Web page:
The Rise of Director Pay Litigation: How You Can Limit Vulnerability
July 07, 2016
In recent years, lawsuits over claims of excessive director compensation have posed a new concern for board members. Compensation committees, as a result, have taken a more defensive stance in accordance with the advice of legal counsel.
The scrutiny of director pay can be traced to 2012, with the Delaware court decision in Seinfeld v. Slager, which refused to dismiss the plaintiff’s claims regarding excessive director pay. Since then, various lawsuits relating to director compensation have alleged a breach of fiduciary duty, unjust enrichment and a waste of corporate assets. While court decisions and settlements have been mixed, some have fueled concern for companies. For example, an April 2015 decision in Calma v. Templeton allowed such claims to proceed against Citrix Systems Inc. and its board of directors.
In October 2015 another Delaware decision (Espinosa v. Zuckerberg, et al.), involving the pay of Facebook’s directors, gained national attention when it allowed a shareholder suit to proceed. Although such rulings do not address the merits of the claims, they may prompt settlement even when defendants would be expected to prevail at trial. That is indeed what happened in the Facebook case earlier this year, when the defendants agreed to a settlement that included the payment of the plaintiffs’ attorneys’ fees, despite facts strongly favoring the board’s position.
Why Director Compensation Is an Easier Target
Since the various approaches taken by plaintiffs in litigation regarding excessive executive compensation have yielded little beyond nuisance value, plaintiffs’ counsel have turned to director pay as perhaps an easier target. And that may in large part be true, even though director compensation is often a relative pittance compared to CEO pay. There are two hurdles that must be cleared in litigation over executive pay that don’t apply when suing over director compensation.
First, compensation litigation is commonly structured as a “derivative action”—that is, an action by a shareholder who alleges the board or company failed to act appropriately. In a typical case, the shareholder is required to demand that the board of directors pursue a claim, and can only proceed if the demand is refused or when making a demand would be futile, such as when directors are a self-interested party. Bottom line: Director compensation suits are more streamlined. “Plaintiffs’ lawyers can skip the legal requirement to file a ‘demand’ with the directors and go straight to court,” says Mike Melbinger, a partner in the employee benefits and executive compensation practice at Winston & Strawn.
Second, in claims regarding executive pay, directors generally are able to rely on the protection of the “business judgment” rule, which presumes that the board of directors is acting in good faith and in the best interest of the company. However, where claims relate to director pay, Melbinger notes, “Because the directors are ‘interested’ in decisions on their own compensation, the full protection of the business judgment rule may not apply.” Rather, directors’ decisions on their own compensation typically would be subject to the “entire fairness” test, which considers the overall fairness of such decisions, and thus may be able to survive a motion to dismiss the case in its early stages. If the plaintiff (shareholder) is able to proceed, the costs of litigation may become significant, prompting a settlement even when the defendant directors are likely to ultimately succeed on the merits.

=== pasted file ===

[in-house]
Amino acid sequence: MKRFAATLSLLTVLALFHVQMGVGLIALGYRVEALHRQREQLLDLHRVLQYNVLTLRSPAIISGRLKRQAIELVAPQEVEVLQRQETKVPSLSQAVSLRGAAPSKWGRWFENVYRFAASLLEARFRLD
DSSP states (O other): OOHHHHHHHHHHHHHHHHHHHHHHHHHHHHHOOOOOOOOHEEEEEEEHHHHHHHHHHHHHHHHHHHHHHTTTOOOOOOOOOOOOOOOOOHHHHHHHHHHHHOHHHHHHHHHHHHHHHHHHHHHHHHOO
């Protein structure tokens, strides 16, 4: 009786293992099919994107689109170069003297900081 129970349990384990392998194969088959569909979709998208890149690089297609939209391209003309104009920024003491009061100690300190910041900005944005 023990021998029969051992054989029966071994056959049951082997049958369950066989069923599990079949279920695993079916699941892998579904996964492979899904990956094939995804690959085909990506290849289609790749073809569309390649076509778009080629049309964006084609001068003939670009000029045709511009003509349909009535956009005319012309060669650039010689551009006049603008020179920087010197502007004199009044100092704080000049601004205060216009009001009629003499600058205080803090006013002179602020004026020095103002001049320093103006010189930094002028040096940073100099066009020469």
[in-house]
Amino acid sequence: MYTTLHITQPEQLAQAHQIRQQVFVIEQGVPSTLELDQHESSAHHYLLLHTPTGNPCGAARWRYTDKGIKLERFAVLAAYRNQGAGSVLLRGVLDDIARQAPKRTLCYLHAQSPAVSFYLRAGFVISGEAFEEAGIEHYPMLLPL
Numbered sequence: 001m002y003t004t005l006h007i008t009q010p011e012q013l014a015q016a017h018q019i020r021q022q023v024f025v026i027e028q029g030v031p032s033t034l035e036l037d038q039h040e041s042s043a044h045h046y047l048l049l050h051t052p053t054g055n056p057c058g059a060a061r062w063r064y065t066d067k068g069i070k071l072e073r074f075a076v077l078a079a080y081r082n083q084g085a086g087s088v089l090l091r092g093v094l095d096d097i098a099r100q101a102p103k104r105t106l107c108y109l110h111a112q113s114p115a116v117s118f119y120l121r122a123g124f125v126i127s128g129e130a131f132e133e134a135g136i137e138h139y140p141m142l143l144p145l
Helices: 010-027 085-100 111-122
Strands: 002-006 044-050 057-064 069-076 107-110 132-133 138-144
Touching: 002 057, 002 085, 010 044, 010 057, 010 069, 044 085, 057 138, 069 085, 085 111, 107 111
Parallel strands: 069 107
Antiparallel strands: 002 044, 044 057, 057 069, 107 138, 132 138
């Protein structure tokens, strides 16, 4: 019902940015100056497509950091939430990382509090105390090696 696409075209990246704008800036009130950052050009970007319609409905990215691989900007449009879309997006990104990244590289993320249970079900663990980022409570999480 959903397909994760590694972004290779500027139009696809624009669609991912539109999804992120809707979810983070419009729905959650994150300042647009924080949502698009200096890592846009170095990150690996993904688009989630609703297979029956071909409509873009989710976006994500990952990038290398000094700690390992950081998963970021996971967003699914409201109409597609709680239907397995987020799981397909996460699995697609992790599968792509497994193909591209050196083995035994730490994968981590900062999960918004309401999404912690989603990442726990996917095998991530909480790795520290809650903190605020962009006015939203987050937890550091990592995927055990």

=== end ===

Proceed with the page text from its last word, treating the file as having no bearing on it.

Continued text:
Protecting against Lawsuits over Director Pay
Well-advised boards understand that plaintiffs’ attorneys will be scrutinizing director pay disclosures in companies’ proxy statements, looking for instances where claims of excessive compensation may be viable. Accordingly, at a minimum, boards should consider possible steps to limit this vulnerability.
The approach most often recommended is to make sure that director pay is subject to “meaningful” annual limits, particularly on equity compensation. This starts with a review of the company’s existing arrangements regarding director pay. If no such limits are currently imposed, they should be developed and added. While such an amendment of the company’s equity incentive plan typically can be made without stockholder approval, ratification by stockholders at the next appropriate opportunity (such as when seeking approval for additional shares) will help to ensure desired protection. In addition, limits on annual retainer fees for directors can be included in board or applicable committee minutes. Of course, what is considered “meaningful” will vary depending on the company and its facts and circumstances (including whether a company’s director compensation is above median for its peer group).
Others suggest a multifaceted approach in protecting board members from litigation over their pay. Here Melbinger goes beyond simply imposing annual limits and suggests, “Among the steps that boards should take to protect themselves, they should review and amend, if necessary, the company’s stock incentive plan and other documents that reference director compensation; commission a consultant to review and compare the directors’ compensation against peers’; and consider expanding the discussion of directors’ compensation in the proxy statement.”
In any case, companies should consult legal counsel in evaluating the steps taken to minimize litigation risks. Furthermore, before proceeding, they should consider the likely stockholder response to any actions. Whatever approach is taken, it should be the result of a considered analysis of relevant facts and respective litigation risks.